All the Light We Cannot See

Author: Anthony Doerr
Publisher: Scribner

Goodreads Summary: Marie Laure lives with her father in Paris within walking distance of the Museum of Natural History where he works as the master of the locks (there are thousands of locks in the museum). When she is six, she goes blind, and her father builds her a model of their neighborhood, every house, every manhole, so she can memorize it with her fingers and navigate the real streets with her feet and cane. When the Germans occupy Paris, father and daughter flee to Saint-Malo on the Brittany coast, where Marie-Laure's agoraphobic great uncle lives in a tall, narrow house by the sea wall. 

In another world in Germany, an orphan boy, Werner, grows up with his younger sister, Jutta, both enchanted by a crude radio Werner finds. He becomes a master at building and fixing radios, a talent that wins him a place at an elite and brutal military academy and, ultimately, makes him a highly specialized tracker of the Resistance. Werner travels through the heart of Hitler Youth to the far-flung outskirts of Russia, and finally into Saint-Malo, where his path converges with Marie-Laure.

My Thoughts: I'm late to the game on this book but that's not for lack of attempting. I was going to say trying but honestly I've picked this one up multiple time, read a few pages, & then left it alone for months. This is now the second book club I've been in that has picked it so I finally pushed myself to just read the darn thing!

The book is beautifully written and while it took me a bit to get into it, I did enjoy it. However it didn't quite click for me but I think I was expecting it to be life changing the way people talk about it. Our book club had a really thoughtful discussion on it, which did make me realize that my reaction to the book was more positive & that my issues really were about how much it was hyped up.

A huge part of why we enjoyed the book is how real we felt a lot of situations were. So many WWII books try to tell dramatic stories that are either really terrible or really heroic. This book seemed quieter, with the result being characters who felt more true. Werner especially was an example of how many Germans probably were during the war: not fully into Nazism but also not questioning much. He makes decisions to stand back & keep himself safe even when there are situations before him that disturb him. Marie-Laure's story may be less conventional but her more quiet acts of resistance also felt a bit more grounded in reality.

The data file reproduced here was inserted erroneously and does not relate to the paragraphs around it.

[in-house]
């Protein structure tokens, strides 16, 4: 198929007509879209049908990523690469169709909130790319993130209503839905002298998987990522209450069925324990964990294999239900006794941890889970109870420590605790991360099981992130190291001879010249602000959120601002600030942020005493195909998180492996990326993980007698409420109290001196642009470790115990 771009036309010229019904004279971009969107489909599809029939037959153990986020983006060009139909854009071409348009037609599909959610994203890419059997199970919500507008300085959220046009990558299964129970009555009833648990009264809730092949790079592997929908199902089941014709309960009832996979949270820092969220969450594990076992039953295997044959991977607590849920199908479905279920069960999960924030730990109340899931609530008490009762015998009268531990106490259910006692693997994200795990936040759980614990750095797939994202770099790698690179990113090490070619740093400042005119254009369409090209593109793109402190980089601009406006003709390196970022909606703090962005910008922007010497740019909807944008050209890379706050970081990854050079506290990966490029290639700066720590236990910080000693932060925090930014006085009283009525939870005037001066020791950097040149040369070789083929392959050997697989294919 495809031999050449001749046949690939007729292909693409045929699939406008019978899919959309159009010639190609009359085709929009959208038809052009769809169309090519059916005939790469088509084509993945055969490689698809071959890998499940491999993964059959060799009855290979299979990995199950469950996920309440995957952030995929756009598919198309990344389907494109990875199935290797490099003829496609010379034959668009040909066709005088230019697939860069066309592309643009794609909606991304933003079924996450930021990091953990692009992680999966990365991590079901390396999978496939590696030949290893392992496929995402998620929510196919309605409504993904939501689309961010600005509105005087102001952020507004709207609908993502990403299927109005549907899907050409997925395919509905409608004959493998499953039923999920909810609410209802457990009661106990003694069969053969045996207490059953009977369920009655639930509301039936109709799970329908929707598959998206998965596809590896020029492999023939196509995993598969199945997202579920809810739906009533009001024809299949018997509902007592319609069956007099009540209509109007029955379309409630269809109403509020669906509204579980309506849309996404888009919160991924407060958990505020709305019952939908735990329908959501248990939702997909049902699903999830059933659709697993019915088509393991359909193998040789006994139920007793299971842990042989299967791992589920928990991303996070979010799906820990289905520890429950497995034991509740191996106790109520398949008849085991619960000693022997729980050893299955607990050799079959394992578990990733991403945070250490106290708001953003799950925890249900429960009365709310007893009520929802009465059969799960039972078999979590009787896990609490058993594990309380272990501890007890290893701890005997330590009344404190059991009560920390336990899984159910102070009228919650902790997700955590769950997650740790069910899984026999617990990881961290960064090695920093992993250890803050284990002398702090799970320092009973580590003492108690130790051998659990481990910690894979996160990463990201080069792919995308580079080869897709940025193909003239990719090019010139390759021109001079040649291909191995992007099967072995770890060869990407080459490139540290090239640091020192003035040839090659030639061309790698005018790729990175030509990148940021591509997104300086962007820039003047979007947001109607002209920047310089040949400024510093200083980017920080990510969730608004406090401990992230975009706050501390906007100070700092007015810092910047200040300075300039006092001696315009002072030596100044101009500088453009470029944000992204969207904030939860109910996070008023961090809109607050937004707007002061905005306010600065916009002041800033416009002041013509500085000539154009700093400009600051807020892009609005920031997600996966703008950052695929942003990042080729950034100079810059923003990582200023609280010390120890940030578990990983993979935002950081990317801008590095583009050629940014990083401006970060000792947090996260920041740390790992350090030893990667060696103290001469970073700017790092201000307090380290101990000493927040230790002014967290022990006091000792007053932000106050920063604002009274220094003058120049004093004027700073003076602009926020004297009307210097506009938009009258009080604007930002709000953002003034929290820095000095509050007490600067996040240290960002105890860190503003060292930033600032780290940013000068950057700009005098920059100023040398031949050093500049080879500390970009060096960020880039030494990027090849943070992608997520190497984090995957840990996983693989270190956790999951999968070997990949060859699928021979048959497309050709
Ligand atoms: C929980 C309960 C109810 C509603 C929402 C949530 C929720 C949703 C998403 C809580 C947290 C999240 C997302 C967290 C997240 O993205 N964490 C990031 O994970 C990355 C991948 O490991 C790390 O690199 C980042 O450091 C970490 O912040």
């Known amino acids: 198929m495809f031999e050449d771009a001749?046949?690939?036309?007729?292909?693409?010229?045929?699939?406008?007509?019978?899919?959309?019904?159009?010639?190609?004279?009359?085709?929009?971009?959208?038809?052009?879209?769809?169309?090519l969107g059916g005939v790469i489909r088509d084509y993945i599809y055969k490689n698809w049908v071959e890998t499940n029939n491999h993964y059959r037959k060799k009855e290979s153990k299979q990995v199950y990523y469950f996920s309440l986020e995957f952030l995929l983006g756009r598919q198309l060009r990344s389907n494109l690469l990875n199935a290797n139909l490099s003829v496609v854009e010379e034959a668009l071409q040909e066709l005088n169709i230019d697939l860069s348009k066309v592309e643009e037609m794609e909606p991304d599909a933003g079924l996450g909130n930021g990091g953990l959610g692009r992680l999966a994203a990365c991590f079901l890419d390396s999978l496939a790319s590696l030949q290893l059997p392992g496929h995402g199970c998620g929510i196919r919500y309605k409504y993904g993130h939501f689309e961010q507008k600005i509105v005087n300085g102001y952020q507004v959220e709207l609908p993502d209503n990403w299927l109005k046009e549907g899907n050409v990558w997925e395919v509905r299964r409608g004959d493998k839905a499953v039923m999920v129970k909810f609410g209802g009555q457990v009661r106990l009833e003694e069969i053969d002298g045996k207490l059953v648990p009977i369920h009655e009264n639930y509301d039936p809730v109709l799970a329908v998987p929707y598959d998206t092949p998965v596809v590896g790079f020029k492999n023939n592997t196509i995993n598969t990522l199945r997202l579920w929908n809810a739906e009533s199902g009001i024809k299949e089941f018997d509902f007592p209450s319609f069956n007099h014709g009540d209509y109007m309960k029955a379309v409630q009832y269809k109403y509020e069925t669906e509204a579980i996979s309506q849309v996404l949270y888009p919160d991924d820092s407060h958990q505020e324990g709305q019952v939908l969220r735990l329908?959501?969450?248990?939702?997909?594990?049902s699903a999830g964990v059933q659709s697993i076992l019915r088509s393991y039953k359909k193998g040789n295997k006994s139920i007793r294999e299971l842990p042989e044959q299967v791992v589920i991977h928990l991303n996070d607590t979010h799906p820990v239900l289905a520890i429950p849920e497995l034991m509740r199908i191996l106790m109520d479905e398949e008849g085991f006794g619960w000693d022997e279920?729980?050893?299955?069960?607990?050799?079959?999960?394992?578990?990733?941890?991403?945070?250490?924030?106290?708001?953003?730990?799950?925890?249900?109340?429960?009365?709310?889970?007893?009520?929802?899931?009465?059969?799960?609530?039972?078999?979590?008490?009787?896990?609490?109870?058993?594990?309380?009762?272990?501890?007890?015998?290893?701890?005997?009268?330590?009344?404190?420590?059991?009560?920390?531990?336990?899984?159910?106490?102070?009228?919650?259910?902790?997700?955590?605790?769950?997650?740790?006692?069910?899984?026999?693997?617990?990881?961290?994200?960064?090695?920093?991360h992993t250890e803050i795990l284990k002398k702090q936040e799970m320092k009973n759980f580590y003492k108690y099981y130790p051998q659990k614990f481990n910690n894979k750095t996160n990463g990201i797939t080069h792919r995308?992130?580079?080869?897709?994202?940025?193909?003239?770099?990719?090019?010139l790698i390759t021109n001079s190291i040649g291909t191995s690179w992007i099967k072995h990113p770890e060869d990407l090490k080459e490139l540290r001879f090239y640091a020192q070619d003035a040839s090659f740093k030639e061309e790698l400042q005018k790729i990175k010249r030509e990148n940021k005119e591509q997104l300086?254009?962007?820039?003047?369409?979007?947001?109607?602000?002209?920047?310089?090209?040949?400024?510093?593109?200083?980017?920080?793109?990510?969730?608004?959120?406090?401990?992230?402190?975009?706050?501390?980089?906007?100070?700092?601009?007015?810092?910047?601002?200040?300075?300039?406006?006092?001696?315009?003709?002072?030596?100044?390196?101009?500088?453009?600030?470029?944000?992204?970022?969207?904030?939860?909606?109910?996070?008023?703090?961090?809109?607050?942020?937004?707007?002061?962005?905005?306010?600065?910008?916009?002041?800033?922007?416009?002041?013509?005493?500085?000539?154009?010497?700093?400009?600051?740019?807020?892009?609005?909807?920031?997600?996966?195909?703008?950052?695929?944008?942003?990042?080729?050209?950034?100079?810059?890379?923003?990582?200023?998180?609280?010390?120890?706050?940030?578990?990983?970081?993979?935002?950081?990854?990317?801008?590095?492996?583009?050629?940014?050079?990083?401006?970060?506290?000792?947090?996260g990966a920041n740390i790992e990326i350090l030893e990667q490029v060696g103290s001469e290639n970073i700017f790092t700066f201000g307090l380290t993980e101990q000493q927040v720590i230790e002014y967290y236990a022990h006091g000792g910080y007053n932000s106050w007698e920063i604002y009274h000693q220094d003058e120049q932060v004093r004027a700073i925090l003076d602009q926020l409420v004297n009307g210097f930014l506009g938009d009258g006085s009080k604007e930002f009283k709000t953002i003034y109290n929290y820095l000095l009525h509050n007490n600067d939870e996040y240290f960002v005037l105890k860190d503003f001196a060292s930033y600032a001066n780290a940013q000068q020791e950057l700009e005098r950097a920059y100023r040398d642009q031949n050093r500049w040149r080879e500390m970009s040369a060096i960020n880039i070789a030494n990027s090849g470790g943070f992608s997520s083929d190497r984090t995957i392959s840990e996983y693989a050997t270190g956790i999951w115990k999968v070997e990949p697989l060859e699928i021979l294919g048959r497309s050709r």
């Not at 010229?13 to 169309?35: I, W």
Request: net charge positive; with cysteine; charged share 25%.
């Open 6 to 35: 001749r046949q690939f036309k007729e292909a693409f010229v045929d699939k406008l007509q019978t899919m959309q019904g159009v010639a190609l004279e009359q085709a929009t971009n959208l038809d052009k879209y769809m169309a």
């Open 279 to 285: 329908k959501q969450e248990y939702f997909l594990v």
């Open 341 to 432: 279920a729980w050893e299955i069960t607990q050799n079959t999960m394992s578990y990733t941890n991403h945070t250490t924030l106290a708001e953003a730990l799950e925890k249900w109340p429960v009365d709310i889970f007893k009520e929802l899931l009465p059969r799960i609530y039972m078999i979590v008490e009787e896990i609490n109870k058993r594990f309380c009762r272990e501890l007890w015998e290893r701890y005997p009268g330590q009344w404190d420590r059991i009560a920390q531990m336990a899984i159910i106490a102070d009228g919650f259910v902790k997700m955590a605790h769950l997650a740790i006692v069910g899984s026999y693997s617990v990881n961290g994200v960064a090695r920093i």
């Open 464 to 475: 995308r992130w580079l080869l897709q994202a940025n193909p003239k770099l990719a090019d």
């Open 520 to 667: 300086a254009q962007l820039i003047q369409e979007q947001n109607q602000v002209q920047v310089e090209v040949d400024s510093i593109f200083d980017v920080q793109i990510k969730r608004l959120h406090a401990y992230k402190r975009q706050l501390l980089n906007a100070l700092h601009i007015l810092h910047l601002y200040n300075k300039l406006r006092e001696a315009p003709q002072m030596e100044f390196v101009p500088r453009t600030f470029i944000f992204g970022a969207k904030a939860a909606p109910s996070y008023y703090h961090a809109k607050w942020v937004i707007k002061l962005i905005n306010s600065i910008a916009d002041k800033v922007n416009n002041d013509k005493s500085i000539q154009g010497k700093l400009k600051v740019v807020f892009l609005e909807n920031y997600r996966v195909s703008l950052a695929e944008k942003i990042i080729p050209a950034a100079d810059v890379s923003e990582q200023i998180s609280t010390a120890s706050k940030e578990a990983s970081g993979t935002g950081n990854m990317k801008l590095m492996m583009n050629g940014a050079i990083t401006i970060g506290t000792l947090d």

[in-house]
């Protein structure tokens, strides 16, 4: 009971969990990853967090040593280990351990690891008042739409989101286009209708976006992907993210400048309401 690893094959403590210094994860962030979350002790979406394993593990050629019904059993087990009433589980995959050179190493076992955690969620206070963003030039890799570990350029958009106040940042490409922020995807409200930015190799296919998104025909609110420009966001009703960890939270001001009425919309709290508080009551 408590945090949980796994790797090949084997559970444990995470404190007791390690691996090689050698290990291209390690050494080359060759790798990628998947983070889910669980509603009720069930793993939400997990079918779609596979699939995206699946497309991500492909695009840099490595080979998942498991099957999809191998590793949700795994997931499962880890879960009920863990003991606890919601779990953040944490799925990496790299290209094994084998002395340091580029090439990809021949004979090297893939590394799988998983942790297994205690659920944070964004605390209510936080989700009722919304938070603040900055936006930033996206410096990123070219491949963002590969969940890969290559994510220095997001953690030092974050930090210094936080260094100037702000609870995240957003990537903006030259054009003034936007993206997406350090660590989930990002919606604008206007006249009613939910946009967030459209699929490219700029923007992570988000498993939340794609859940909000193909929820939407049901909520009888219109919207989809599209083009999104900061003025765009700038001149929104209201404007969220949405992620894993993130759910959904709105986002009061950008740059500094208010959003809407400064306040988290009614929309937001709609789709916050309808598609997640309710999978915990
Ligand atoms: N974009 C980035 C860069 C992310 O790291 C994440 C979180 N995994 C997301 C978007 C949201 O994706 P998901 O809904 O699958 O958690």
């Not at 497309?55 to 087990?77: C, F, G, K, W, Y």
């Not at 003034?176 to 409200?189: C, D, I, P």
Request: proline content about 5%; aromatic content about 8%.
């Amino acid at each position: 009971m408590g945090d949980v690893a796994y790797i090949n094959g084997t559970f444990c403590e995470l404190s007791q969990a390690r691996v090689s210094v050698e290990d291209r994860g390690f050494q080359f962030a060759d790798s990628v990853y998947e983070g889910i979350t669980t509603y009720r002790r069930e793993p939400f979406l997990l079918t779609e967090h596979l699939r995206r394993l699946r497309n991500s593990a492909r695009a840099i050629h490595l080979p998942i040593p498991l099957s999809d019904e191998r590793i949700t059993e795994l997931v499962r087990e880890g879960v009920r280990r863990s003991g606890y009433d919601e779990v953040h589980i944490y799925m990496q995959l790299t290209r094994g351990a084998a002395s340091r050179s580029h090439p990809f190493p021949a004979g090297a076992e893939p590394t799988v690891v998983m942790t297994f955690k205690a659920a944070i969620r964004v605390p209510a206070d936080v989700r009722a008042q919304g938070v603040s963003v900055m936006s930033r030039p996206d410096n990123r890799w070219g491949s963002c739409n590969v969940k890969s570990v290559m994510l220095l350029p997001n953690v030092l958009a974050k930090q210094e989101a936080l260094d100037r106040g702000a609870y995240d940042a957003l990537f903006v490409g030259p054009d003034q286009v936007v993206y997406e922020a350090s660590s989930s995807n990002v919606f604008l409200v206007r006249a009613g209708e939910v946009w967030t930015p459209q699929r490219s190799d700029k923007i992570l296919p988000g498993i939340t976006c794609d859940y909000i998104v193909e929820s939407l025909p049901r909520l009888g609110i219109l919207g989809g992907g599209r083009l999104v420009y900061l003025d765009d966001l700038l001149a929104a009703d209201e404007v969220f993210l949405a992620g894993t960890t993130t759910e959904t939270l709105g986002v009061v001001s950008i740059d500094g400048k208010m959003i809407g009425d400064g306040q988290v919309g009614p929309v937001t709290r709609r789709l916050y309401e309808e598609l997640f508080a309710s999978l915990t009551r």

My least favorite part of the book (as well as the book club's) was the storyline of Sergeant von Rumpel. He spends the book in search of the mysterious blue diamond & it quickly turns into an obsession that just feels false. Unlike the other characters he feels like a book character, which meant his chapters took me a bit out of the story. I just didn't really get him & felt his whole journey leaned more towards ridiculous versus realistic.

So while I can't say this was the best book I've ever read I did enjoy it. It did take me awhile to get invested in the story & I'm not sure I would've stuck with it without the book club but I am very glad I did.

For those of you who have read it what did you think? I really want to know as I think I'm in the minority here!




1 comment

  1. I love what you said about the characters feeling "quieter" and less dramatic so it made them more realistic. I loved that about the book as well. The writing was exquisite but it wasn't show-offy. His descriptions made me feel like I was actually there. I agree that Van Rumpel's quest seemed insignificant amidst the backdrop of everything else going on and his character was absolutely unredeemable so I just kept hoping he'd step on something and break a leg and need to return to Germany


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